The i~HD governance team has examined multiple sources of good practice in governing the research use of health data, from projects such as EHR4CR, EMIF, TRANSFoRm, ETRIKS. An important governance starting point is the recently published Innovative Medicines Initiative Code of practice on the secondary use of medical data in European scientific research projects. The team has developed an overarching set of high-level principles and standard operating rules that bring together these project results, combining them with other relevant instruments developed within the informatics and bioinformatics communities. These are now being finalised and will be initially adopted by the post-EHR4CR Champion Programme running the InSite Platform.
At the i~HD conference in September we heard from distinguished speakers, but what was the most remarkable was a common theme around how the General Data Protection Regulation (GDPR) should not be seen as representing barriers and challenges to health data research, but an opportunity.
We do indeed have an opportunity to focus on what is important when it comes to protecting data - and the people about whom it has been recorded: firstly, a new focus on the “Natural Person” where their rights and concerns need to be addressed; secondly, transparency in governance and protection and finally a commitment to make the protection of data a core matter for working with sensitive data.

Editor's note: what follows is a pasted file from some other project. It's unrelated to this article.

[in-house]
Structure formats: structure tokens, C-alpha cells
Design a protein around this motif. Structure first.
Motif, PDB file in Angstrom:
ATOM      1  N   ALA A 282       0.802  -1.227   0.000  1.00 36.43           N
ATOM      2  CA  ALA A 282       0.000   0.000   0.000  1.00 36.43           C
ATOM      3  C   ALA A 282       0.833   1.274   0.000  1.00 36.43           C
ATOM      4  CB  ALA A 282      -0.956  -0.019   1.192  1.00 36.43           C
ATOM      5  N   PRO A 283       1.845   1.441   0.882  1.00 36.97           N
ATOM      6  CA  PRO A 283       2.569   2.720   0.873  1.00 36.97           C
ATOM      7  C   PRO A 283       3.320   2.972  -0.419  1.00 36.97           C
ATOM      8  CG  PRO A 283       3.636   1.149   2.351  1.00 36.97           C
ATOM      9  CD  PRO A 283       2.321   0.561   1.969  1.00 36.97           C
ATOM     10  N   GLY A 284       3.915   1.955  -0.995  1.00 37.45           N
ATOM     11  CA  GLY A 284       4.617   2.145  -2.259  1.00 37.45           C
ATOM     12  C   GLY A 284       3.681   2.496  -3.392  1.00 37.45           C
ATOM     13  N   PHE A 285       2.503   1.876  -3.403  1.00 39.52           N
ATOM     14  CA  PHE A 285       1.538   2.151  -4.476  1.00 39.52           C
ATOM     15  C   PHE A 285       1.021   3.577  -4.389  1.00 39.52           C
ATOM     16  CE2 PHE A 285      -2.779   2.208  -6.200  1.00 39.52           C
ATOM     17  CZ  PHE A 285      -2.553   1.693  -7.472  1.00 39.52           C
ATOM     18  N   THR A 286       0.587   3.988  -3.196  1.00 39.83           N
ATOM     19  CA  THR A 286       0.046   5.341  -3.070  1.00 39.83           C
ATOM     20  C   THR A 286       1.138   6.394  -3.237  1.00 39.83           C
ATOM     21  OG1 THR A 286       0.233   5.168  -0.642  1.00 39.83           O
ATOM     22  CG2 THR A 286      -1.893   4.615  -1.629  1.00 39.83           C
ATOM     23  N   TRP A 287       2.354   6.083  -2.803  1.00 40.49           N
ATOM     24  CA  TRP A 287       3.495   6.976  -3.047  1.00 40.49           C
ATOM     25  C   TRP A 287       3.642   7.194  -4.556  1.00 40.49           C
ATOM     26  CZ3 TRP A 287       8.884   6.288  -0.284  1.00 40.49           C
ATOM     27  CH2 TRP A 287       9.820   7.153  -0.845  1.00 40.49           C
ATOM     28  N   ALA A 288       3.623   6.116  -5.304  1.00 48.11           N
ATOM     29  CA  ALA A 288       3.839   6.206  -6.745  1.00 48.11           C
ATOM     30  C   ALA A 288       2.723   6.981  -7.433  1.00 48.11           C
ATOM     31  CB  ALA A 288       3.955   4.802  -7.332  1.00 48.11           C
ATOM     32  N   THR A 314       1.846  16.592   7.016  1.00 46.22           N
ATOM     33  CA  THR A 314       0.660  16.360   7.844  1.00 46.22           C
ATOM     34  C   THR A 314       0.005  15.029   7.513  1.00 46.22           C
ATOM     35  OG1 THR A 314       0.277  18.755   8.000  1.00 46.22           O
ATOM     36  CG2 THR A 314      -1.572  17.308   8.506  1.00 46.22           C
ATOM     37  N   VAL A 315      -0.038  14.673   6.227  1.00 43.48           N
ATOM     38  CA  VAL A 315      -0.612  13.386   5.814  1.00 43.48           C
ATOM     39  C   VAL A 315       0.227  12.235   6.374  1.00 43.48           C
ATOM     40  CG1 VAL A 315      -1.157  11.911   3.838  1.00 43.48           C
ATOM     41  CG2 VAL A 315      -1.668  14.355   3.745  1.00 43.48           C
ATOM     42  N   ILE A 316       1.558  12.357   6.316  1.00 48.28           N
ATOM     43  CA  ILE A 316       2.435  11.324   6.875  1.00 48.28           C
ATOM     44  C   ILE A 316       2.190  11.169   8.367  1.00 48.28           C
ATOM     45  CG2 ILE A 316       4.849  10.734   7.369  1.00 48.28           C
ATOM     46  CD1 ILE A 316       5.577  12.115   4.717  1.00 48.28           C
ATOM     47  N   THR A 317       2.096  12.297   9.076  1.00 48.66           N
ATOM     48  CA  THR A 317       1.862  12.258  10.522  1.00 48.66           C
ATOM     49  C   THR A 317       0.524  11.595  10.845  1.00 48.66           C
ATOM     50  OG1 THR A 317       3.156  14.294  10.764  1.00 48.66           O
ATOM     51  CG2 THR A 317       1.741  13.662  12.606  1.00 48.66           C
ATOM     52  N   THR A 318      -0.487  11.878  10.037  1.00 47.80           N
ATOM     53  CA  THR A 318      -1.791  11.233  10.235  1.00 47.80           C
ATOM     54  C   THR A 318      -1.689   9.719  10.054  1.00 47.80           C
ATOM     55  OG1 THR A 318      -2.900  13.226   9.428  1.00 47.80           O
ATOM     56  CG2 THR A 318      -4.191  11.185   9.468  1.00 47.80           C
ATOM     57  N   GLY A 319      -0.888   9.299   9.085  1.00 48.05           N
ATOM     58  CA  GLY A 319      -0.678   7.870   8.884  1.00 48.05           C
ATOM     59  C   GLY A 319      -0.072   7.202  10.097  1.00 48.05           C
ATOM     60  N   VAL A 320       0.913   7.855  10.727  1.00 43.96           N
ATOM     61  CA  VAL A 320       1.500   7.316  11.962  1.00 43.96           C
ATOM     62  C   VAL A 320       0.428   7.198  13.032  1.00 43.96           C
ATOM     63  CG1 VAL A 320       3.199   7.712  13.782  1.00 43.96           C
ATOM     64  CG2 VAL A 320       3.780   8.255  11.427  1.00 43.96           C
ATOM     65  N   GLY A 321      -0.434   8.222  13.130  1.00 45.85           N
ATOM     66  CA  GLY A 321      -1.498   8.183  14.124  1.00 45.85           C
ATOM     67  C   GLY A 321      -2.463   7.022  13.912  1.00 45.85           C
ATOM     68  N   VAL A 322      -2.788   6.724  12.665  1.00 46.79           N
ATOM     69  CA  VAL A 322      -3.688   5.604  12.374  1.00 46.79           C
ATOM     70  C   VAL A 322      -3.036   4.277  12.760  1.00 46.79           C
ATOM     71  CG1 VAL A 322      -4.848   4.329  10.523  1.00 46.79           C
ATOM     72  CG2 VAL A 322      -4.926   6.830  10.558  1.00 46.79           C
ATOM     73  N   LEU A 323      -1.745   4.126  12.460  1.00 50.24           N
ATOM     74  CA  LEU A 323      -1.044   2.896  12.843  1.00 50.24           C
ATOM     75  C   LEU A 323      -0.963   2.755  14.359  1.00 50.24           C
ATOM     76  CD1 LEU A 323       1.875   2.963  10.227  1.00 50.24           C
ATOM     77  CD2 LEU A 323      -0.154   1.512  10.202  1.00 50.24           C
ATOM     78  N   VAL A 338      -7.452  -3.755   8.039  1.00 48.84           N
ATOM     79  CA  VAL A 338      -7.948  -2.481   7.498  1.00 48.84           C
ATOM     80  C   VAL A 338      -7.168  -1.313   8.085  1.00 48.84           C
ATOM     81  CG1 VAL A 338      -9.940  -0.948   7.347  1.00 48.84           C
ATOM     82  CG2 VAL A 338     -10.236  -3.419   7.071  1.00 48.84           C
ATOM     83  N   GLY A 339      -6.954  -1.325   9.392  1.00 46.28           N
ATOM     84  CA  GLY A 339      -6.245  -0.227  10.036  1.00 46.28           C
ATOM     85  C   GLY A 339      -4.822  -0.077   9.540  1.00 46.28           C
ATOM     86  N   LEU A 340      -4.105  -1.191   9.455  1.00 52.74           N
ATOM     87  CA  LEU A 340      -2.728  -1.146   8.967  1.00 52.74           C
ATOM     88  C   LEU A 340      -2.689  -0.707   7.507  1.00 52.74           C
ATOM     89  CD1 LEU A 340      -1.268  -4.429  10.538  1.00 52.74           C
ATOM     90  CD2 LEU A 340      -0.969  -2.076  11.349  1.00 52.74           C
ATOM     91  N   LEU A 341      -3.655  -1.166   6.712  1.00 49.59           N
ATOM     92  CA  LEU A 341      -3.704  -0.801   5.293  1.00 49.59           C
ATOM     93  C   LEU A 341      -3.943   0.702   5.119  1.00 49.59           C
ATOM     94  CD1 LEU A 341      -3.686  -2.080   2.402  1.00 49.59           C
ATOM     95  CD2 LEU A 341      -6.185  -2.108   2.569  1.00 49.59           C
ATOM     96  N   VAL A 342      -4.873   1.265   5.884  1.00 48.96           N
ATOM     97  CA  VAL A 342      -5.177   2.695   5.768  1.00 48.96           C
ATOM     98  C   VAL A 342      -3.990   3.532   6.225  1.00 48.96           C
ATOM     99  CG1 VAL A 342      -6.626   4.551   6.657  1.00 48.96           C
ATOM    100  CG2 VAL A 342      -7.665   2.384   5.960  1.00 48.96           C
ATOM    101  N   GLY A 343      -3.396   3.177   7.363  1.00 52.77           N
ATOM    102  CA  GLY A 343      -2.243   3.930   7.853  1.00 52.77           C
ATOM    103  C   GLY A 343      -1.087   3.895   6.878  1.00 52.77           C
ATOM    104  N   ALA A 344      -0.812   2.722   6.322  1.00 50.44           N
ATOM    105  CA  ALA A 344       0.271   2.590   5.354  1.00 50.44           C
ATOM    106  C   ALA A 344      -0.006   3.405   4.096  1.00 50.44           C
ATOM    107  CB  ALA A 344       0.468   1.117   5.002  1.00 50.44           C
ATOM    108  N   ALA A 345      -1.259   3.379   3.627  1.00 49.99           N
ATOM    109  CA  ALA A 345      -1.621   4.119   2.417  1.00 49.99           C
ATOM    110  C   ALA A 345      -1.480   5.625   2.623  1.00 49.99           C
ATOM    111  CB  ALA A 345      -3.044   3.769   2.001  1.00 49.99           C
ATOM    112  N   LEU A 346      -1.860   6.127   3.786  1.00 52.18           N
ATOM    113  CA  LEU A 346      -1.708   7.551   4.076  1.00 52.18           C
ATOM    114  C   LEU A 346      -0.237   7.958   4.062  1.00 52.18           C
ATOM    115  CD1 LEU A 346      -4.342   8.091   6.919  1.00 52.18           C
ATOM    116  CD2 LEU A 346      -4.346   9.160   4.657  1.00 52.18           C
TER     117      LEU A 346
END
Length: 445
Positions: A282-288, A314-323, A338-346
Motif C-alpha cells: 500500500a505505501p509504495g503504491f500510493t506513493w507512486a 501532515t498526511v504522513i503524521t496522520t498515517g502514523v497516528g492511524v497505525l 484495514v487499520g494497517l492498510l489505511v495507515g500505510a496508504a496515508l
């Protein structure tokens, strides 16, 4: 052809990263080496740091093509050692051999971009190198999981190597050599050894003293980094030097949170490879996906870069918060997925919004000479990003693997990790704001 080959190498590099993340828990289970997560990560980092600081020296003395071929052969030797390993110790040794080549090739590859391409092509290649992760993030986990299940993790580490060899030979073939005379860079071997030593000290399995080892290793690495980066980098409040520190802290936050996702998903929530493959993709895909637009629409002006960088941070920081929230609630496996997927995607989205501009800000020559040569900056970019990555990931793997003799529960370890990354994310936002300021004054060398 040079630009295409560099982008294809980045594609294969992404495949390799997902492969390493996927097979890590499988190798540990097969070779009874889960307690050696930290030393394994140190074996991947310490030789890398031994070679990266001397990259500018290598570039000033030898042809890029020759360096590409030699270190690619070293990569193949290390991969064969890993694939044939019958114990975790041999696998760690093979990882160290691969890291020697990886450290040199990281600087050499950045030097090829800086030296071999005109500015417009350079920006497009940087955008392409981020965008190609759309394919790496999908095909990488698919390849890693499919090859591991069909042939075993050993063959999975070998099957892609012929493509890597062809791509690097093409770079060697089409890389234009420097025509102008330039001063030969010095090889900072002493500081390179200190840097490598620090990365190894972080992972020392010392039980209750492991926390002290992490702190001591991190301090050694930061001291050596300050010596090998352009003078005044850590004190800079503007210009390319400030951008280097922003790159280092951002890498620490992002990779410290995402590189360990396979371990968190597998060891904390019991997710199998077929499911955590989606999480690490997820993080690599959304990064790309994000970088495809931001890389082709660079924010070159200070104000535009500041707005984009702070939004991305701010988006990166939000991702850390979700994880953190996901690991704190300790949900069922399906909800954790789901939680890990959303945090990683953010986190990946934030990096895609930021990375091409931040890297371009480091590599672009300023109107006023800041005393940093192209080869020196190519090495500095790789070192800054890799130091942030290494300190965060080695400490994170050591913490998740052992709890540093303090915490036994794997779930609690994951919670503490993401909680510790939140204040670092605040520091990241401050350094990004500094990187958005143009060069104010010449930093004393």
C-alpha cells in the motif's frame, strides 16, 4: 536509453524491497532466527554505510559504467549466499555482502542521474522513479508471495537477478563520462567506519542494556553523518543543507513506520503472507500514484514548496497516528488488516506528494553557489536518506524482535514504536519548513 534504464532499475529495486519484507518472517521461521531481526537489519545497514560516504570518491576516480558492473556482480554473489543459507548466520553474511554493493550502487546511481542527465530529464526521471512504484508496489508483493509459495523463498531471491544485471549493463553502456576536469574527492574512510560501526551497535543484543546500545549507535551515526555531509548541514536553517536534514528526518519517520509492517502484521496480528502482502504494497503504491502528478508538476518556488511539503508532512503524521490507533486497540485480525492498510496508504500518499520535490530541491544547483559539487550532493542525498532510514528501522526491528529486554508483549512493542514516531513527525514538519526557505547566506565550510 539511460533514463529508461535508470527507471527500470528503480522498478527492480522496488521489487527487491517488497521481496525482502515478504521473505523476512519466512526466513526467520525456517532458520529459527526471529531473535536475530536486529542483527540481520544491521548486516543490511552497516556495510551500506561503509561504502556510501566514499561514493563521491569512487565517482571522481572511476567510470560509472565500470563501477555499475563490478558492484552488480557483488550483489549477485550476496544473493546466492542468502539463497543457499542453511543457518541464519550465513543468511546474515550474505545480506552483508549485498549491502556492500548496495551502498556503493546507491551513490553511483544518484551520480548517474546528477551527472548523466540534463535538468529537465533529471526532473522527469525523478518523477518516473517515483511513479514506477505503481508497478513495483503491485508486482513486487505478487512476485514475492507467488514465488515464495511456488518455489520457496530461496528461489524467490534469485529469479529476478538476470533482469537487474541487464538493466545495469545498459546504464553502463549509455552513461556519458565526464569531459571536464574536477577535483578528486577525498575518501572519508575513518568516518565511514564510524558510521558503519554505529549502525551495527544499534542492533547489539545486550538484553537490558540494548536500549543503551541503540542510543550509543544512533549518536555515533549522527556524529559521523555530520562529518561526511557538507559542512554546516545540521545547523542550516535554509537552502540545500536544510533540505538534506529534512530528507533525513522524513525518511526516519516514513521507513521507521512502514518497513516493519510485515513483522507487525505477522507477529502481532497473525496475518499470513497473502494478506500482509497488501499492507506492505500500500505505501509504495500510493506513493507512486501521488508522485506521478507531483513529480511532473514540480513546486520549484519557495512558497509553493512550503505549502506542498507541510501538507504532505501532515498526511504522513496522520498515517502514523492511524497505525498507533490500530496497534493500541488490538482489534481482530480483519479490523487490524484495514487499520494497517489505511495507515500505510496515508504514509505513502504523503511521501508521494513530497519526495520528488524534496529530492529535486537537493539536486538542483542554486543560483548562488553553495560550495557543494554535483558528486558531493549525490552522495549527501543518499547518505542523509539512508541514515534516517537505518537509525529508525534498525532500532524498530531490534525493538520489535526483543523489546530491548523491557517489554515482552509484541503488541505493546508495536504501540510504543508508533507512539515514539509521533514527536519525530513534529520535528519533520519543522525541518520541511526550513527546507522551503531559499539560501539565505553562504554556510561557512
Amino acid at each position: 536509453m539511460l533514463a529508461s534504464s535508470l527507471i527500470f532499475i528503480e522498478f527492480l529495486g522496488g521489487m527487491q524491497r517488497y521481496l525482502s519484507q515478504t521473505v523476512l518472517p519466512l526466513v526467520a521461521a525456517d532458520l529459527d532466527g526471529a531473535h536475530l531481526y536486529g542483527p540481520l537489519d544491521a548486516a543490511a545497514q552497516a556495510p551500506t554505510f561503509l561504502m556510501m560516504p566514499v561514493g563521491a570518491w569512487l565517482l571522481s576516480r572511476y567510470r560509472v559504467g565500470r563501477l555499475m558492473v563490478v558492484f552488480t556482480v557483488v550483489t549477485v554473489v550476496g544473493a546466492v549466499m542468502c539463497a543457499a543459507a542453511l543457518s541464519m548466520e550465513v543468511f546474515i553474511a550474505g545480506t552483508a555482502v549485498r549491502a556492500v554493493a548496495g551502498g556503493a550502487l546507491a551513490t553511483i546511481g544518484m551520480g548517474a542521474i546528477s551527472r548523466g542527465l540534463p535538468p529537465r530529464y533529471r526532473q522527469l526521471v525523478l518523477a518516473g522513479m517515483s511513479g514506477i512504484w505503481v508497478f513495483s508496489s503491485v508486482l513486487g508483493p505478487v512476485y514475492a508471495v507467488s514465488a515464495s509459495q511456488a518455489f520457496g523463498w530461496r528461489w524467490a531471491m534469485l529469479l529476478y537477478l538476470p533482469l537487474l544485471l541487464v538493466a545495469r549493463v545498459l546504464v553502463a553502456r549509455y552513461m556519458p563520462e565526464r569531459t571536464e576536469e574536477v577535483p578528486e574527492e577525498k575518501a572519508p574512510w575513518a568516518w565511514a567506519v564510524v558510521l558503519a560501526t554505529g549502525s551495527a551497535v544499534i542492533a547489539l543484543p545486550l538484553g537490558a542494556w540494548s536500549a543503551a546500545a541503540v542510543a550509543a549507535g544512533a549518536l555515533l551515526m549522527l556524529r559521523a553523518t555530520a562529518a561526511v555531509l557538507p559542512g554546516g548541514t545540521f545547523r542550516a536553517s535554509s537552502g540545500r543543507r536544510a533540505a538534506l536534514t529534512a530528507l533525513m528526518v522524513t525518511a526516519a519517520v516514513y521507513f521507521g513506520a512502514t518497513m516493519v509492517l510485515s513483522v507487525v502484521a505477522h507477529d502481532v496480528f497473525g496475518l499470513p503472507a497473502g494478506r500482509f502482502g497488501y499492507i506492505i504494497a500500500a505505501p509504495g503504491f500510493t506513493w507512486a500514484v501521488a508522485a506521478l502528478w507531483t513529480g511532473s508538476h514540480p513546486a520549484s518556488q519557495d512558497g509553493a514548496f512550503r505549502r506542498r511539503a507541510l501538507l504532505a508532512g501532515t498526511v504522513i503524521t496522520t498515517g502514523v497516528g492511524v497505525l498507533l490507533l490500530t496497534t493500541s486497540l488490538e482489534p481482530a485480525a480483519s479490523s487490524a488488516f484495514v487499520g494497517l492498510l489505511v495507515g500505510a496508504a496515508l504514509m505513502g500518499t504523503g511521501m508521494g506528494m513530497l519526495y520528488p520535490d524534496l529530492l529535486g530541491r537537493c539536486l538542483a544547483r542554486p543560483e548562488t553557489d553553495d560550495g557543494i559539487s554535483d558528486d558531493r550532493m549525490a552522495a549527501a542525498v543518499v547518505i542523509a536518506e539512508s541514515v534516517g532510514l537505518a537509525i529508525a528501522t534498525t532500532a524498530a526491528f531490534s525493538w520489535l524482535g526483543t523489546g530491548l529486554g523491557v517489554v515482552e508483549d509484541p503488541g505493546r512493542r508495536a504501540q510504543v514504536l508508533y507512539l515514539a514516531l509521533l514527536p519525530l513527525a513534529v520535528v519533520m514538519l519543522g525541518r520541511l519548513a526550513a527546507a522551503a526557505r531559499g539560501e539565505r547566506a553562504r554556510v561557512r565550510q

This is why the efforts the have been ongoing within i~HD have been such a privilege to contribute to: firstly, the completion of the first Quality Seal for Research Platforms to a software provider for clinical trials recruitment - this process harnesses the wisdom of pan European codes of practice, information security best practice, as well as the need for transparency over data use and protection, so that a meaningful assurance can be provided and the complexity of governance and security can be represented in a more meaningful, independently assessed package. Read more about the Quality Seal for Research Platforms here.
Secondly, efforts to develop independently reviewed codes of practice and operating rules when handling health data for research are continuing to grow, in order to harmonise practice throughout the innovation community so that site specific governance guidelines and policies can interoperate as data is captured in one context and the protection expectations can be honored as it is shared and used in others.
Finally, none of these efforts could be any better than window dressing without the community engagement and interchange that i~HD tries to enable through its conferences and workshops, between data service providers, data sources throughout hospital networks, patient community forums and legislators - for the betterment of health and society.